by Merikay Payne who recently traveled with an Educational Travel Seminar to Italy personally led by travel program director Doug Whittle of Continuing Studies. ******* Those incorrigible Boy Scouts and their “Be Prepared” motto. Founder Robert Baden-Powell probably chose the phrase after visiting Italy, sometime after it became a country in 1861. Organizing the Boy Scouts of America in 1910 just made it possible for Baden-Powell to perpetuate the value of being prepared in mind and body.   Our two-week stay in Italy took us on a route from centrally located Rome, to the lemon-growing area of Sorrento, past the cliffs of Amalfi, on to the arts and leather center of Florence, and a return to Rome by way of the Tuscany and Umbria regions.   Our travels allowed us the good fortune to: • Cruise the Amalfi coast on the way Paestum. Be prepared for cliffs meeting the sea and exploration of an ancient Greek city. • Immerse ourselves in the history of Pompeii and Herculaneum. Be prepared to witness the destruction of Mt. Vesuvius on rich and poor, but not their structures. • View Michelangelo’s David. Be prepared to see three David’s, even though there is only one Michelangelo. • Take note of the Medici family intrigue. Be prepared to connect Medici, Michelangelo, and popes in unexpected ways. • Witness first-hand that Rome really wasn’t built in a day....

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Adult students should apply for summer grants by May 1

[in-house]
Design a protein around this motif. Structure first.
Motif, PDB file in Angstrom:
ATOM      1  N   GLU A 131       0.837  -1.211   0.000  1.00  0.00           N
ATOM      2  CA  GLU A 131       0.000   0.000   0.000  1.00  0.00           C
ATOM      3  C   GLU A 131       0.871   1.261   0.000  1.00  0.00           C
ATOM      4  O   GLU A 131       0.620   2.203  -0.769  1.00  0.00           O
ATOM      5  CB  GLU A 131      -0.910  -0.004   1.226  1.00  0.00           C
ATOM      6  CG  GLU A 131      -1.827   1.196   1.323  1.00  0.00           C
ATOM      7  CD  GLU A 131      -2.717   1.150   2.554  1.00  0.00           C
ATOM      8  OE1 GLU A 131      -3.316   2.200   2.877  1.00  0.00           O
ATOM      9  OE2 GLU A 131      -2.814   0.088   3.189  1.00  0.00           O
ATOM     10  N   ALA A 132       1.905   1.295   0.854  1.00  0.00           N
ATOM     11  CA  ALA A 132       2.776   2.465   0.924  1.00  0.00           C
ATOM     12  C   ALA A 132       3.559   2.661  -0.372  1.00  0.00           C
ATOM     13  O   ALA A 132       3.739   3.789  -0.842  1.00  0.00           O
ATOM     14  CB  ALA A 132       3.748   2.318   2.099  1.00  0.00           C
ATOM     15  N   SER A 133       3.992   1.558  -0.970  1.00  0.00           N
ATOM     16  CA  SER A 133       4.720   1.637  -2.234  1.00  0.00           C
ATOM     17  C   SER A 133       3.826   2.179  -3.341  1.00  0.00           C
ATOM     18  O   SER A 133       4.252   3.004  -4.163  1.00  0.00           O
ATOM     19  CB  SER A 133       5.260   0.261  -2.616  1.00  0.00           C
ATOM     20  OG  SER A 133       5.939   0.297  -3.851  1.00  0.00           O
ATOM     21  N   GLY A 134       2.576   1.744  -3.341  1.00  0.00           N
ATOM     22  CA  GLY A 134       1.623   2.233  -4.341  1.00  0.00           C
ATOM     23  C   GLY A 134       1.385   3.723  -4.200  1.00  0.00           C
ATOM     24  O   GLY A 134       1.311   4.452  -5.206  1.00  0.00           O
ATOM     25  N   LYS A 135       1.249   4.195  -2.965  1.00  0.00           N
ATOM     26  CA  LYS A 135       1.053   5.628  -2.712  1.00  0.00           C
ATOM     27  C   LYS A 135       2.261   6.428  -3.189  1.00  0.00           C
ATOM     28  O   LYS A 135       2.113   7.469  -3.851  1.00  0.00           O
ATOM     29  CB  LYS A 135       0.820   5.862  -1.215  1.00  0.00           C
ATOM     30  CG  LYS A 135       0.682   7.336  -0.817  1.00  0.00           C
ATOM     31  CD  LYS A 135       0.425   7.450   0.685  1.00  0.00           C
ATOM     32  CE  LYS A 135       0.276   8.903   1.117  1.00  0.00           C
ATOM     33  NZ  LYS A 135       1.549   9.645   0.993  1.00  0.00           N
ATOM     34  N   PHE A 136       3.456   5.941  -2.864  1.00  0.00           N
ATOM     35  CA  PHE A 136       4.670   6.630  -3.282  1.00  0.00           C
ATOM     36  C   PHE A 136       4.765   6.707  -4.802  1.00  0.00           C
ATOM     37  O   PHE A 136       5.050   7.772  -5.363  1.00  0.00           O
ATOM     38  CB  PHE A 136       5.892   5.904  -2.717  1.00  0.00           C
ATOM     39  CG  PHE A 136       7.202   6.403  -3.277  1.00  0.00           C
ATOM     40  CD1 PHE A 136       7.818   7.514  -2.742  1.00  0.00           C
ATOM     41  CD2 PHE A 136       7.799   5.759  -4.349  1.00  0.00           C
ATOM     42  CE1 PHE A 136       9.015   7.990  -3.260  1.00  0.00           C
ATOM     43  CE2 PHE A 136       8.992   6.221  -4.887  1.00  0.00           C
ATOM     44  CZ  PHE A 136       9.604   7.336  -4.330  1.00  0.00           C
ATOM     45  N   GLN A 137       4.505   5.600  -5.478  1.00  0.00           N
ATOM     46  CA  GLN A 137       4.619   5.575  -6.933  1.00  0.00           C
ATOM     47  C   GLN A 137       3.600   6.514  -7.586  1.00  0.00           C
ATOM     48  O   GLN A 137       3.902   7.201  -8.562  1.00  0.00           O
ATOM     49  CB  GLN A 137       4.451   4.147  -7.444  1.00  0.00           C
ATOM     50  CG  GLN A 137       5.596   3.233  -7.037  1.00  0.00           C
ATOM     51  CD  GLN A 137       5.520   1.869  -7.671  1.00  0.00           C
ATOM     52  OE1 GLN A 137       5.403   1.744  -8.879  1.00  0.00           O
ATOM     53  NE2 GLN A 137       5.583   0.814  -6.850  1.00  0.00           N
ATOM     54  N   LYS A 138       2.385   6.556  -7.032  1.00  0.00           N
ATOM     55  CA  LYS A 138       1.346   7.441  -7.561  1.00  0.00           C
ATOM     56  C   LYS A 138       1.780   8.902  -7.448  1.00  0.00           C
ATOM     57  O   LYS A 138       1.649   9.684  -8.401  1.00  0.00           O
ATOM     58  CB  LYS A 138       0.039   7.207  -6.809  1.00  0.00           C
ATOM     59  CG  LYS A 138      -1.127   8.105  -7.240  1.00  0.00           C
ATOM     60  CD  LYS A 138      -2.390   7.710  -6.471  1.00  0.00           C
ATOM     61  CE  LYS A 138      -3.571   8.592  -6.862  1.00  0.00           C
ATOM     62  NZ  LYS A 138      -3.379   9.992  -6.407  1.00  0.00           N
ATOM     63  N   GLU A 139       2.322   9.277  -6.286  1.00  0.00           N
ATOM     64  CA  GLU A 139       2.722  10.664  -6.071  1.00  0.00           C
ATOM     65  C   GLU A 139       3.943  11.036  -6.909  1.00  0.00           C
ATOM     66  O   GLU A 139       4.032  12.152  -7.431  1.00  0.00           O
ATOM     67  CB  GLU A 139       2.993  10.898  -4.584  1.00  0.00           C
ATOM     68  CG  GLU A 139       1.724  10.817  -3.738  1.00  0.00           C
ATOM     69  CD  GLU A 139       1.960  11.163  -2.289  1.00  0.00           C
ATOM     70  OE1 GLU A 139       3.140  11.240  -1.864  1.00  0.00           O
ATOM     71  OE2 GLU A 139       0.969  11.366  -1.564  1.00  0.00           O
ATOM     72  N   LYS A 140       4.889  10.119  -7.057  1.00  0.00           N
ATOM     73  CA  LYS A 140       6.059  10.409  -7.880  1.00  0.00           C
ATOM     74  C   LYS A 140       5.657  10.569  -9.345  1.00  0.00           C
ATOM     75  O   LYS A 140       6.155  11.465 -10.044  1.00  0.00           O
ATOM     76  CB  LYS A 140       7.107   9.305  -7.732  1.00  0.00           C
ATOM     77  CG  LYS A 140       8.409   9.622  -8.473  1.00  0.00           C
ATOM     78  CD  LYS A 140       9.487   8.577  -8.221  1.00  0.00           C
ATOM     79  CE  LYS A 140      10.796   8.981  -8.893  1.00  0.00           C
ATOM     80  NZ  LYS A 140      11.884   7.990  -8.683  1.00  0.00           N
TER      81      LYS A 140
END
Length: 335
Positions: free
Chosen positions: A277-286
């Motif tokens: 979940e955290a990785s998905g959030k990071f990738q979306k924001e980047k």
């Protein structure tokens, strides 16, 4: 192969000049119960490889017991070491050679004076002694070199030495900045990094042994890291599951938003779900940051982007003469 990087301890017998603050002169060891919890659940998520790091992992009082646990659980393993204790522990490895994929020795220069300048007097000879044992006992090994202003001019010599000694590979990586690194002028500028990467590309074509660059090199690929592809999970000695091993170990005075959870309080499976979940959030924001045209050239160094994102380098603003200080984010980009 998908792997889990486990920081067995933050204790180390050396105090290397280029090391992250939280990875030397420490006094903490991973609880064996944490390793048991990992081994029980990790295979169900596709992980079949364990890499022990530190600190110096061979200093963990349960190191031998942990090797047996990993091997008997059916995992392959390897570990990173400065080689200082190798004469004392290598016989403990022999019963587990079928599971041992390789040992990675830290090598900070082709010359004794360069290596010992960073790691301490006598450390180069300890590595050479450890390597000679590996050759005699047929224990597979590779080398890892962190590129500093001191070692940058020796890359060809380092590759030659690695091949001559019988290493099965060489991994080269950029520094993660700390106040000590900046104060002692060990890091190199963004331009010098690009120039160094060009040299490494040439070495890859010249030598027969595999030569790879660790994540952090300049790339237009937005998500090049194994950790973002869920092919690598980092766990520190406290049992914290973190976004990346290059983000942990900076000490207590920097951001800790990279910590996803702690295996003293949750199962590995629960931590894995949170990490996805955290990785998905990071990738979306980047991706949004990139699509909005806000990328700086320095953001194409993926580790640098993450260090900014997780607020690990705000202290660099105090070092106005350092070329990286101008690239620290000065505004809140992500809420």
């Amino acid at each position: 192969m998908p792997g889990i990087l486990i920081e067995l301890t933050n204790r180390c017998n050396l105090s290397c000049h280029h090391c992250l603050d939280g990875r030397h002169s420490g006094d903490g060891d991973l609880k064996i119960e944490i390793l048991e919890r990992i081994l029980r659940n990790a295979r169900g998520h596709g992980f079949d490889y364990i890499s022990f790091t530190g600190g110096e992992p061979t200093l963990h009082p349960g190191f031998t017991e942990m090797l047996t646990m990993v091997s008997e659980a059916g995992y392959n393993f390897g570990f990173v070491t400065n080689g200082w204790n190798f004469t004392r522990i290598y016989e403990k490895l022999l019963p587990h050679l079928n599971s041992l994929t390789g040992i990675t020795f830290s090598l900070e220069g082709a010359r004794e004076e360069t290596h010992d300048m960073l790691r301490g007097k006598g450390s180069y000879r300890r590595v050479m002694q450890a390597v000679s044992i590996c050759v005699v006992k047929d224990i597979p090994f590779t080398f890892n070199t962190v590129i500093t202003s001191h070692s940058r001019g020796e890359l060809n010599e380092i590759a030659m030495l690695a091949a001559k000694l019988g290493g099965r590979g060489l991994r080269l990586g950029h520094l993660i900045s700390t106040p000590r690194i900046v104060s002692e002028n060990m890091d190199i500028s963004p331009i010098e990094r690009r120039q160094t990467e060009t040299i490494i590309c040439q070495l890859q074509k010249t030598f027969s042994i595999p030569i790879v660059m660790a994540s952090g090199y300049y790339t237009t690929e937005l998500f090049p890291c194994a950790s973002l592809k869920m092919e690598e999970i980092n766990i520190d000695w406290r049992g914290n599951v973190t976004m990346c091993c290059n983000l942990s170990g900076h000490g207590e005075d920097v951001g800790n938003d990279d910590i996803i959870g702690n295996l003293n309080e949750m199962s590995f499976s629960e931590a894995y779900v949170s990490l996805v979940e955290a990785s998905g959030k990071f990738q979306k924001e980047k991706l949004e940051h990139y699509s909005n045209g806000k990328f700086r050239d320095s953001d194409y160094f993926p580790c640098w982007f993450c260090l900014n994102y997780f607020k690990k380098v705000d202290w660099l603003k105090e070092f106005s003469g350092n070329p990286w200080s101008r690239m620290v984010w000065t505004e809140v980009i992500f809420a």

Do you know any adults interested in returning to campus this summer as an undergraduate, graduate or Special Student at UW-Madison? Adults may be eligible for receiving financial assistance to get started with one class for this summer. The summer deadline is May 1. Deadlines for the two semesters vary. UW-Madison Continuing Studies offers Continuing Education grants that provide in-state tuition for one three-credit course three times a year: fall and spring semesters and for Summer Term. Deadlines for the two semester grants differ. For this round of grants, applicants must have a significant break (usually five years or more) in their educations–a requirement for all the grants–and plan to enroll in one course during Summer Term. Continuing Studies awards from four to 20 grants during each semester and Summer Term. . Details about criteria and applying can be found at continuingstudies.wisc.edu/advising/ce-grant.htm. For more information, call grant coordinator Jane Schimmel of Adult Career and Special Student Services at 608-263-6960 or email her at Jane...